The climate in the valley is characterized by morning fog and wide day-night temperature fluctuations. Climatic conditions in some parts of the valley favor wines with higher acidity, such as white varieties including Chardonnay, Sauvignon Blanc, Vert and Gris. High quality Cabernet Sauvignon, Syrah, Merlot, and Carménère grapes are sourced from warmer areas of the valley, such as Lontué, particularly when produced from ancient vines.
Terroir: Sandy, clay, decomposed granite, volcanic-alluvial
Grape Varieties Available: Cabernet Sauvignon, Cabernet Franc, Carmenere, Malbec, Merlot, Petite Verdot, Pinot Noir, Syrah, Chardonnay, Pinot Gris, Sauvignon Blanc, Viognier
Juice Varieties Available: Cabernet Sauvignon, Cabernet Franc, Cabernet-Merlot Blend, Carmenere, Malbec, Merlot, Petite Verdot, Pinot Noir, Syrah, Chardonnay, Pinot Gris, Sauvignon Blanc, Viognier, Muscat
As the Spring Wine Grape Harvest Approaches, we thought we would check out some of the wines that South Africa has to offer.
Today we tasted a Cabernet Sauvignon. #HappyWineWednesday
WINE: Bob’s 2013 Overnight Express South African Cabernet Sauvignon
TASTING NOTES: On the nose are notes of raspberry, berry, flint, and oak. The palate is filled with flavor, yet soft supple tannins round out the mouthfeel nicely. A great wine to enjoy with grilled meats or a meaty pasta dish.
VITUCULTURE: The soil where these grapes were grown is considered “Clovelly, Stony Glenrosa soils”. Clovelly is a component derived from granite, usually red to yellow colored. It contains acidic compounds. It is found on mountain foothill slopes and on ranges of hills, with good physical and water retention properties. Glenrosa soils are typically compact, stony, and clean cut.
WINE REGION: Western Cape, 31 miles East of Cape Town
GEEKY THINGS: Wines from the Western Cape are where some of our Cabernet Sauvignon will be arriving from. Wines from these locations are often described as having a subtle mineral note which many believe is from the decomposed granite soils. The Granite Mountains are approximately 600 million years old, over 3 times as old as the soil in Napa where many of the Cabernet Sauvignon vines are grown.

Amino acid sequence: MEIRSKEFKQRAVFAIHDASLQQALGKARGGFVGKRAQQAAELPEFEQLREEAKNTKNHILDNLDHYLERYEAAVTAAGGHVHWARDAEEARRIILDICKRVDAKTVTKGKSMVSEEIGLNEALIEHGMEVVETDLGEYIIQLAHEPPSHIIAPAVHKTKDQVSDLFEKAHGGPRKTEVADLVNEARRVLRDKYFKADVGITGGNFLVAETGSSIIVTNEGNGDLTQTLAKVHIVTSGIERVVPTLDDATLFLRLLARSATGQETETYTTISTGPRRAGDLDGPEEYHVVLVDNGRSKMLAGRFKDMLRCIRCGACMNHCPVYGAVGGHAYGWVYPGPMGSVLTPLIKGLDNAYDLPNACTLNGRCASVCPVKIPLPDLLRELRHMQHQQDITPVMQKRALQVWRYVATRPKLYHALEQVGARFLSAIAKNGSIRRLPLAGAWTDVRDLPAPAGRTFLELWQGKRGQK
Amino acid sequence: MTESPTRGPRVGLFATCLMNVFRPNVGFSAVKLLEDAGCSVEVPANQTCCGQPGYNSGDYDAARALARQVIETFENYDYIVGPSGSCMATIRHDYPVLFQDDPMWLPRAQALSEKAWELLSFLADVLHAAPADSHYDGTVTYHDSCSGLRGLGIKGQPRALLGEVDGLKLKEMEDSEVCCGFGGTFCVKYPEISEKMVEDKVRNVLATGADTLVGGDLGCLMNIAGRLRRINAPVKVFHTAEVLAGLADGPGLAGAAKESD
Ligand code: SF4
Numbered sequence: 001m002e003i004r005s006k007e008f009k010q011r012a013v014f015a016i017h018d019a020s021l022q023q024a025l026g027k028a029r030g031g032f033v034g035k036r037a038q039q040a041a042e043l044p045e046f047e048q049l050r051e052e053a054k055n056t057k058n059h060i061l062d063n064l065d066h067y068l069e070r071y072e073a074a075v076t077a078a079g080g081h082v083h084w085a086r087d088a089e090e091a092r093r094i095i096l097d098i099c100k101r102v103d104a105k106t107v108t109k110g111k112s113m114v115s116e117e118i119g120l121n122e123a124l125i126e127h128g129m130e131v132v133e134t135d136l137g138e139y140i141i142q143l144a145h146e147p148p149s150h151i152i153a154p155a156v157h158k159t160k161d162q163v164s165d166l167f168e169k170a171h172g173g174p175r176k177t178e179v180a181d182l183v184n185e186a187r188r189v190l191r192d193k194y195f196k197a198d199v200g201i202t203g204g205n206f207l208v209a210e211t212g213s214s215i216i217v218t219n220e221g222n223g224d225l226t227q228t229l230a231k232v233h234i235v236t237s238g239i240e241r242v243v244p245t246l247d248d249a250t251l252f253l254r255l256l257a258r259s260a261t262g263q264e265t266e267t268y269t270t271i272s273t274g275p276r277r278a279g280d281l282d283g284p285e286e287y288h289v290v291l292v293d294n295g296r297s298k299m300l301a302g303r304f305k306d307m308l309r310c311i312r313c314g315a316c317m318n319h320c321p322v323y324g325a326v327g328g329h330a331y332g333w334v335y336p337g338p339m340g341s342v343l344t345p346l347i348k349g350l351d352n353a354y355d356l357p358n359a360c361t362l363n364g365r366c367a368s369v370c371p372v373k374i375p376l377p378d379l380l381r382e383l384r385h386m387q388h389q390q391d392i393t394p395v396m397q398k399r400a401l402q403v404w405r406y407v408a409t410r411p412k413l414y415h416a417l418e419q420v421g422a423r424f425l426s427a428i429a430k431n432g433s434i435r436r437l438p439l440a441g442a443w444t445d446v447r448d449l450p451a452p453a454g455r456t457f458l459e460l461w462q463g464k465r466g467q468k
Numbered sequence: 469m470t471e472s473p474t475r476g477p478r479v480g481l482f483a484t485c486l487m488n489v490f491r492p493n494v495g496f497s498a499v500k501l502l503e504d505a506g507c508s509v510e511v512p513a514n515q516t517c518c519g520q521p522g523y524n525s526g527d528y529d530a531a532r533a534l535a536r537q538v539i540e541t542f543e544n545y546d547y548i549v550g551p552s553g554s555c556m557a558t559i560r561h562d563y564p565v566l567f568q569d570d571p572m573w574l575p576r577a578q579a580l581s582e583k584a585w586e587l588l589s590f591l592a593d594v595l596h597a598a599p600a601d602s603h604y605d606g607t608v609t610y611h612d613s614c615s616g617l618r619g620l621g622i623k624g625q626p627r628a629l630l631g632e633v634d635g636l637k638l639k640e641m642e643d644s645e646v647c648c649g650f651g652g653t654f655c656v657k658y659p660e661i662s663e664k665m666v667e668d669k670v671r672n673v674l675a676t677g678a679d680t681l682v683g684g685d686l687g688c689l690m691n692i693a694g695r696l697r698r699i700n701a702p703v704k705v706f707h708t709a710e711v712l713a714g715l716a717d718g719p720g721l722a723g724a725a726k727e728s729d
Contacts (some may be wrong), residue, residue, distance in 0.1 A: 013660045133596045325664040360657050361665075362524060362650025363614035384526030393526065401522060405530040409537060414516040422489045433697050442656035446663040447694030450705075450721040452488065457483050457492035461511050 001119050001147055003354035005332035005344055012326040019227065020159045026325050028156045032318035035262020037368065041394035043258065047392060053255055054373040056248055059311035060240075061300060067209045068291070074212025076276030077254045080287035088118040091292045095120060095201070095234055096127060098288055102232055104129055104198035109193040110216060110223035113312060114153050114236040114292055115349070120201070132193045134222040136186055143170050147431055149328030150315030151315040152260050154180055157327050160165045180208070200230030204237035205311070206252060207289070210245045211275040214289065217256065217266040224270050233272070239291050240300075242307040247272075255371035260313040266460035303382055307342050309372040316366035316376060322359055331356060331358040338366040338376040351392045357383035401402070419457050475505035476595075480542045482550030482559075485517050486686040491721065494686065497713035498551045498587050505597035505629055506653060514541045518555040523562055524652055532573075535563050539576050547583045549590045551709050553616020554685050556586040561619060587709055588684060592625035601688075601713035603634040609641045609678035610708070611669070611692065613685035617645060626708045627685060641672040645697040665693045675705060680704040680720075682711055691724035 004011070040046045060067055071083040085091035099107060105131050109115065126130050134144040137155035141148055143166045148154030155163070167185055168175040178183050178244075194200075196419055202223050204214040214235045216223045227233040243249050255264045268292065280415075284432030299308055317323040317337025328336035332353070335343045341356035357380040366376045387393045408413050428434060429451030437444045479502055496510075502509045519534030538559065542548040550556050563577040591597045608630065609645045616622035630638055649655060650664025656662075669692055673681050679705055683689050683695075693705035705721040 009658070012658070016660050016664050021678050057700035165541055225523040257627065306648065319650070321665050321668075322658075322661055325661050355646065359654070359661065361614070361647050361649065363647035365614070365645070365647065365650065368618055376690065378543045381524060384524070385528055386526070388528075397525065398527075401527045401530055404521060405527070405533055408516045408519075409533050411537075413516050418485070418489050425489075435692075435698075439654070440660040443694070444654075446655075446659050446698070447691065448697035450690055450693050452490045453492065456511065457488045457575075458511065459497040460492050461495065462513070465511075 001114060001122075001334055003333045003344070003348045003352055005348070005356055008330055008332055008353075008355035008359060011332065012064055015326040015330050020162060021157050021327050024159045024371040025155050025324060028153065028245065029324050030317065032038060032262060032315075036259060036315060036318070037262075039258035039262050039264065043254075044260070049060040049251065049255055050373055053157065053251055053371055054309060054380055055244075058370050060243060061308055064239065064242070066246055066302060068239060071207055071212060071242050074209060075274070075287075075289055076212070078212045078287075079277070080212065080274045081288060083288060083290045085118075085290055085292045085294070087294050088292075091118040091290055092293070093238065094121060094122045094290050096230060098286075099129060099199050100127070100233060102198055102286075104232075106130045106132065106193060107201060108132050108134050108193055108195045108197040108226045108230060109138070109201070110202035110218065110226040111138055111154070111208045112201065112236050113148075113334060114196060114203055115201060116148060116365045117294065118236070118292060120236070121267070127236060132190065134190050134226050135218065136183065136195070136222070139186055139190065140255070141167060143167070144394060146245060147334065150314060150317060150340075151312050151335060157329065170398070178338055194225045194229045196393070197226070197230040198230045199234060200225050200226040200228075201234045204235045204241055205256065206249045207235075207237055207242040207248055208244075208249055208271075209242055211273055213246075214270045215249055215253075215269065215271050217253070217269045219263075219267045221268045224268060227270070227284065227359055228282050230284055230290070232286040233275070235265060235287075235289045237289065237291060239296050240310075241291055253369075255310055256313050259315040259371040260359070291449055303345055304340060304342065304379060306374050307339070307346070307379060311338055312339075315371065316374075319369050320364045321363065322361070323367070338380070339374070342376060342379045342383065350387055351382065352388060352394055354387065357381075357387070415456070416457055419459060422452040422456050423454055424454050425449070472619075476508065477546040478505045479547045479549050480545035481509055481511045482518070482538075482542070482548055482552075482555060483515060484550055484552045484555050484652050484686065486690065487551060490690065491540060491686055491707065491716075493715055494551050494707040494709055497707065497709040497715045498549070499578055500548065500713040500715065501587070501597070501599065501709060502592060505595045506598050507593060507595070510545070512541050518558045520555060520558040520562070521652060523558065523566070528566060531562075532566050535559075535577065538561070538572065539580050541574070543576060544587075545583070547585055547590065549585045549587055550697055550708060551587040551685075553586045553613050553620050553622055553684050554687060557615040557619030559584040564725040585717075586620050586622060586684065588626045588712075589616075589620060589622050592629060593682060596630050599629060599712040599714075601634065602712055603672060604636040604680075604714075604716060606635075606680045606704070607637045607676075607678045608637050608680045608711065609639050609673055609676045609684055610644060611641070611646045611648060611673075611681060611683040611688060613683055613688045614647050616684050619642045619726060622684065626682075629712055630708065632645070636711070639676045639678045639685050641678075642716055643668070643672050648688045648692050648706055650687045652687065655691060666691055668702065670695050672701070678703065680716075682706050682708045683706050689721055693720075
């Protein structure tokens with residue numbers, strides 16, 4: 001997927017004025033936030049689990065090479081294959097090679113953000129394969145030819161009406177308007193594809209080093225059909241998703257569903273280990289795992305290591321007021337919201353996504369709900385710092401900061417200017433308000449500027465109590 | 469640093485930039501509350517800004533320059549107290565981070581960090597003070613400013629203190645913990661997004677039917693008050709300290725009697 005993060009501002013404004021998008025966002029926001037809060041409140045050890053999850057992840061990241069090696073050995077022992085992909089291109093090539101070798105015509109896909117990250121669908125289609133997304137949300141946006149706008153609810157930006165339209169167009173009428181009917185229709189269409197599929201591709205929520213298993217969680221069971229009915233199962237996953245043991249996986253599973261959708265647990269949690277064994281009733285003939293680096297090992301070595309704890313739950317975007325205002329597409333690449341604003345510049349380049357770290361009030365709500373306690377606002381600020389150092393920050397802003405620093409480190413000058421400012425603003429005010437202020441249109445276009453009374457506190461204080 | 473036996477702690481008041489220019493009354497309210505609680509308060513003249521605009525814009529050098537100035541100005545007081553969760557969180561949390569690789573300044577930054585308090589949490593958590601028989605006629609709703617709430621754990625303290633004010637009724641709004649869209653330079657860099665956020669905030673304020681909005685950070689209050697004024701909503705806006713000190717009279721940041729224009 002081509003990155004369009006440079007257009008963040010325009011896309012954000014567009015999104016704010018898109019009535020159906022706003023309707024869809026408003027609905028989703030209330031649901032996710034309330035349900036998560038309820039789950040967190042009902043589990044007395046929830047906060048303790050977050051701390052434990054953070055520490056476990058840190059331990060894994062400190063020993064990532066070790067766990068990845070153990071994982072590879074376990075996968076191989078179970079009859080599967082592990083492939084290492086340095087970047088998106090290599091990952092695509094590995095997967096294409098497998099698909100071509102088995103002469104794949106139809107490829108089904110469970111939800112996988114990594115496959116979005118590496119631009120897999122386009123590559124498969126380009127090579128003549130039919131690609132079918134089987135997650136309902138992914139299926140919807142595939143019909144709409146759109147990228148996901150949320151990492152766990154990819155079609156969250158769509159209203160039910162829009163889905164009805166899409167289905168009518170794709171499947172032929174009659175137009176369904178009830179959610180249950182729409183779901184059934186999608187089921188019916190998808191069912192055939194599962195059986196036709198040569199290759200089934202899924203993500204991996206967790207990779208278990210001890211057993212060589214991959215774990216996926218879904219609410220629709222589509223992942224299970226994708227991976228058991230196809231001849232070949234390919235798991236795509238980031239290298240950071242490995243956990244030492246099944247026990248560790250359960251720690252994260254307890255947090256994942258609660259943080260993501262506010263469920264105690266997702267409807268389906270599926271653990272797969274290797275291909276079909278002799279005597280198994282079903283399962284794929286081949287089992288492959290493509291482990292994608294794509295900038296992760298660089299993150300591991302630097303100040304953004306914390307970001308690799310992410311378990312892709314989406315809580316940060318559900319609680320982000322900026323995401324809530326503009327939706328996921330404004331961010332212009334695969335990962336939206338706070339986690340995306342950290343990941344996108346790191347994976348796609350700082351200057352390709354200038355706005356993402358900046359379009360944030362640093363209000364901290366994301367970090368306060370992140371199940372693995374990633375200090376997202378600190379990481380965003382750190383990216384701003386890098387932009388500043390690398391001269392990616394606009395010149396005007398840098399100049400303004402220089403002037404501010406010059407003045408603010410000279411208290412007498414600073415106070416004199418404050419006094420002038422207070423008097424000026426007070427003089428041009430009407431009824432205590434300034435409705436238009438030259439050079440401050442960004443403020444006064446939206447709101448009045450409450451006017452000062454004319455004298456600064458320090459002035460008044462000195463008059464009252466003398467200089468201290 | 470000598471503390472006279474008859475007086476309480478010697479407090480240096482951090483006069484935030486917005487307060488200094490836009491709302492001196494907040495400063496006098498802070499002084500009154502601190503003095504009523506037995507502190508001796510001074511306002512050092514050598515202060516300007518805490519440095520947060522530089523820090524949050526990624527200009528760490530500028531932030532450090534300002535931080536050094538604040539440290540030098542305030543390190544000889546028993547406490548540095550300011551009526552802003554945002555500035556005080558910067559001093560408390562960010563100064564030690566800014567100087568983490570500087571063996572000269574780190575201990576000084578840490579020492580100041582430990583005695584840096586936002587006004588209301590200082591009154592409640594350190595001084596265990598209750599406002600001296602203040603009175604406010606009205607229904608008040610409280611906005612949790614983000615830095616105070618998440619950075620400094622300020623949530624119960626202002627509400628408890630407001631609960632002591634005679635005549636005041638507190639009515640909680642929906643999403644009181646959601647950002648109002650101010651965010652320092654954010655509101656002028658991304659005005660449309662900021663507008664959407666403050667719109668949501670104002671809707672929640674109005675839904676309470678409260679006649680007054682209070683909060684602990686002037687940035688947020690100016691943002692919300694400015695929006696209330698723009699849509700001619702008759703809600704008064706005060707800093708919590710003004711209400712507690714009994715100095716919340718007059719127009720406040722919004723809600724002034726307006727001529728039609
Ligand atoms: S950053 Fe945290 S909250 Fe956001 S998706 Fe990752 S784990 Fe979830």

More information about our South African Grapes are on our blog. Check out the most recent “2017 South Africa Harvest” by clicking HERE.
The Musto Wine Grape Staff
Spring season is almost upon us and we have some great news. This year we will not only be offering Pinotage from South Africa, but…
Wait for it…
Cabernet Sauvignon from South Africa too!!
Also, we have additional higher-end regions where we will be sourcing our South African grapes. In addition to the Breede River Valley we will also offer grapes from Stellenbosch, Olifantsriver, and the Cederberg Mountains.
Location: Western Cape, 31 miles East of Cape Town
Grapes Being Sourced: Cabernet Sauvignon
Grower Information: A meticulous vineyard manager, this Cabernet has intense fruit flavors. The grapes create full, rich, complex wines that age well.
Geeky Facts: “Wines from these locations are often described as having a subtle mineral note which many believe is from the decomposed granite soils. The granite mountains are approximately 600 million years old, over 3 times as old as the soil in Napa where many of the Cabernet Sauvignon vines are grown.” (via Wine Folly)
Location: One of the Northernmost wine regions in South Africa’s Western Cape. It spans 90 miles between Lutzville in the North and Citrusdal Valley in the South.
Grapes Being Sourced: Cabernet Sauvignon